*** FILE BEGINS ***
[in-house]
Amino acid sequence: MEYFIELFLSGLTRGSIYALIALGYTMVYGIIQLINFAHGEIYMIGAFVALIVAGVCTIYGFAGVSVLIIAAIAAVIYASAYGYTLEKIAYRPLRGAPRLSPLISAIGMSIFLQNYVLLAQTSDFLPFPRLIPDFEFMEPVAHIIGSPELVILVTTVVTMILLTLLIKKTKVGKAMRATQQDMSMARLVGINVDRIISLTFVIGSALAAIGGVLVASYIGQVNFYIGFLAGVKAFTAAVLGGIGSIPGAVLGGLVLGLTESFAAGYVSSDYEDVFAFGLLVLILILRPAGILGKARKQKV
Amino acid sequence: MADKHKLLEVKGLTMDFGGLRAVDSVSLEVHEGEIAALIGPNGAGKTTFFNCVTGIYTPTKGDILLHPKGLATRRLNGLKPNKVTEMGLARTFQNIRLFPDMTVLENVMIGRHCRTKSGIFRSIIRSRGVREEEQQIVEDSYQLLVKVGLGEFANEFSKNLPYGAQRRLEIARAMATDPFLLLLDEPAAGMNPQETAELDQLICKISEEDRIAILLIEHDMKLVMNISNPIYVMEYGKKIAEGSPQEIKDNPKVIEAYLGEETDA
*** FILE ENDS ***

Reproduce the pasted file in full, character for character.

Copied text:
[in-house]
Amino acid sequence: MEYFIELFLSGLTRGSIYALIALGYTMVYGIIQLINFAHGEIYMIGAFVALIVAGVCTIYGFAGVSVLIIAAIAAVIYASAYGYTLEKIAYRPLRGAPRLSPLISAIGMSIFLQNYVLLAQTSDFLPFPRLIPDFEFMEPVAHIIGSPELVILVTTVVTMILLTLLIKKTKVGKAMRATQQDMSMARLVGINVDRIISLTFVIGSALAAIGGVLVASYIGQVNFYIGFLAGVKAFTAAVLGGIGSIPGAVLGGLVLGLTESFAAGYVSSDYEDVFAFGLLVLILILRPAGILGKARKQKV
Amino acid sequence: MADKHKLLEVKGLTMDFGGLRAVDSVSLEVHEGEIAALIGPNGAGKTTFFNCVTGIYTPTKGDILLHPKGLATRRLNGLKPNKVTEMGLARTFQNIRLFPDMTVLENVMIGRHCRTKSGIFRSIIRSRGVREEEQQIVEDSYQLLVKVGLGEFANEFSKNLPYGAQRRLEIARAMATDPFLLLLDEPAAGMNPQETAELDQLICKISEEDRIAILLIEHDMKLVMNISNPIYVMEYGKKIAEGSPQEIKDNPKVIEAYLGEETDA